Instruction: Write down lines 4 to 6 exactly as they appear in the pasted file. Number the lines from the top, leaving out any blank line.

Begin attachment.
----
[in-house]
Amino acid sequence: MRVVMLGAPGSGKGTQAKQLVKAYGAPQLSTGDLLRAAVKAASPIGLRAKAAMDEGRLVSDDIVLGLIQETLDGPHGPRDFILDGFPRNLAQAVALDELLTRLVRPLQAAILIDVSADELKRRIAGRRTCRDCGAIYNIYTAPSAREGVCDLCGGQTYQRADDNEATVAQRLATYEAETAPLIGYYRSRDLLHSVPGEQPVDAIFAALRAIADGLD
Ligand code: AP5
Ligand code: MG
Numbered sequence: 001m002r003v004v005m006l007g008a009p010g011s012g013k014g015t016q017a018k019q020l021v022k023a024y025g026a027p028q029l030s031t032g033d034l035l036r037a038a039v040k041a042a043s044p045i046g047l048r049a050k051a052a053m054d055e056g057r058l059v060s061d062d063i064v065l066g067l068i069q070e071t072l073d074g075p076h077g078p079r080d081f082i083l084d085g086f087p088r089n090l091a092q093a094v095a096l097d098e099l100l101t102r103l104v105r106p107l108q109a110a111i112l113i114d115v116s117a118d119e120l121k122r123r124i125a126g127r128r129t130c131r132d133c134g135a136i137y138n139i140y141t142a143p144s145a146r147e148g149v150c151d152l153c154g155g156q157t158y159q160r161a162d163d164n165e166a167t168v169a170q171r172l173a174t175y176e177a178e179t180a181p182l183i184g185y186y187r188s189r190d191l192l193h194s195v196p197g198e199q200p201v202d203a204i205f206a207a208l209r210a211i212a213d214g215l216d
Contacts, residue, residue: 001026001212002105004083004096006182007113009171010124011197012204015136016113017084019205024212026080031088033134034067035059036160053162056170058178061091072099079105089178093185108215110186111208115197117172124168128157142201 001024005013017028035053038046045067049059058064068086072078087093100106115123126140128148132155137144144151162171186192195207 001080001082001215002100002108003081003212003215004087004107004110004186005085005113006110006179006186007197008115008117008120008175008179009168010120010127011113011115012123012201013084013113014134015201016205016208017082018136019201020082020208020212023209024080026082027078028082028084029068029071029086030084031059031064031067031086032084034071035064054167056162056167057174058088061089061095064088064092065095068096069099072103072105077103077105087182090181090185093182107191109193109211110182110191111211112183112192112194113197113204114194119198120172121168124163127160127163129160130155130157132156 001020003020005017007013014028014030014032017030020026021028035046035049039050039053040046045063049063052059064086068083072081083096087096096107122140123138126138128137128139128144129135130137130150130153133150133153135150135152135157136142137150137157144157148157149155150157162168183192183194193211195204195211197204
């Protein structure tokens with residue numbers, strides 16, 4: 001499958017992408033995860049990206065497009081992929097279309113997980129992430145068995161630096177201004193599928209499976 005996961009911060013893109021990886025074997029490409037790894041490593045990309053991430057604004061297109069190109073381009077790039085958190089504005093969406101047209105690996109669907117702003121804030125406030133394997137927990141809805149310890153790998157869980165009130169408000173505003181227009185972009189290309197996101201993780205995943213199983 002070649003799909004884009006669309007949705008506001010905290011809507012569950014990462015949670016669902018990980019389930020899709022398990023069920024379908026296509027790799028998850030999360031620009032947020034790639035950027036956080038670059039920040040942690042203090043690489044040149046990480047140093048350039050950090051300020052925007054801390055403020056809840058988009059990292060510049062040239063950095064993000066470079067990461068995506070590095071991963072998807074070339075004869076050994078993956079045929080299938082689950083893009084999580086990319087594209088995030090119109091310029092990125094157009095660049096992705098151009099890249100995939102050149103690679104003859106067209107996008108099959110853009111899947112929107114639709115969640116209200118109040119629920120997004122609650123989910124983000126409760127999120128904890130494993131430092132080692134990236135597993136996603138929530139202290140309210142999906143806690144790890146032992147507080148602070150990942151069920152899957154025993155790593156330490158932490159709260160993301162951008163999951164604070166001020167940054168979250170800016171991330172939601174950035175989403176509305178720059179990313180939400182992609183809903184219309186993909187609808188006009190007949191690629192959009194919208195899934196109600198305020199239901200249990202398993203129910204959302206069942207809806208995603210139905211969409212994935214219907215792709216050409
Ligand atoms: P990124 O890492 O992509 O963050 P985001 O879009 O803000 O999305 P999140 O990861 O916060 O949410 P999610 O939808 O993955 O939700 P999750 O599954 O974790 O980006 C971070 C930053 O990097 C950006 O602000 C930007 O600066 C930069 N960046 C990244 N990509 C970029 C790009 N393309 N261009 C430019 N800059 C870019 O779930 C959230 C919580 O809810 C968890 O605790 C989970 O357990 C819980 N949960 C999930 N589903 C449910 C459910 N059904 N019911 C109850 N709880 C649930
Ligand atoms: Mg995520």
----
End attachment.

Ligand code: MG
Numbered sequence: 001m002r003v004v005m006l007g008a009p010g011s012g013k014g015t016q017a018k019q020l021v022k023a024y025g026a027p028q029l030s031t032g033d034l035l036r037a038a039v040k041a042a043s044p045i046g047l048r049a050k051a052a053m054d055e056g057r058l059v060s061d062d063i064v065l066g067l068i069q070e071t072l073d074g075p076h077g078p079r080d081f082i083l084d085g086f087p088r089n090l091a092q093a094v095a096l097d098e099l100l101t102r103l104v105r106p107l108q109a110a111i112l113i114d115v116s117a118d119e120l121k122r123r124i125a126g127r128r129t130c131r132d133c134g135a136i137y138n139i140y141t142a143p144s145a146r147e148g149v150c151d152l153c154g155g156q157t158y159q160r161a162d163d164n165e166a167t168v169a170q171r172l173a174t175y176e177a178e179t180a181p182l183i184g185y186y187r188s189r190d191l192l193h194s195v196p197g198e199q200p201v202d203a204i205f206a207a208l209r210a211i212a213d214g215l216d
Contacts, residue, residue: 001026001212002105004083004096006182007113009171010124011197012204015136016113017084019205024212026080031088033134034067035059036160053162056170058178061091072099079105089178093185108215110186111208115197117172124168128157142201 001024005013017028035053038046045067049059058064068086072078087093100106115123126140128148132155137144144151162171186192195207 001080001082001215002100002108003081003212003215004087004107004110004186005085005113006110006179006186007197008115008117008120008175008179009168010120010127011113011115012123012201013084013113014134015201016205016208017082018136019201020082020208020212023209024080026082027078028082028084029068029071029086030084031059031064031067031086032084034071035064054167056162056167057174058088061089061095064088064092065095068096069099072103072105077103077105087182090181090185093182107191109193109211110182110191111211112183112192112194113197113204114194119198120172121168124163127160127163129160130155130157132156 001020003020005017007013014028014030014032017030020026021028035046035049039050039053040046045063049063052059064086068083072081083096087096096107122140123138126138128137128139128144129135130137130150130153133150133153135150135152135157136142137150137157144157148157149155150157162168183192183194193211195204195211197204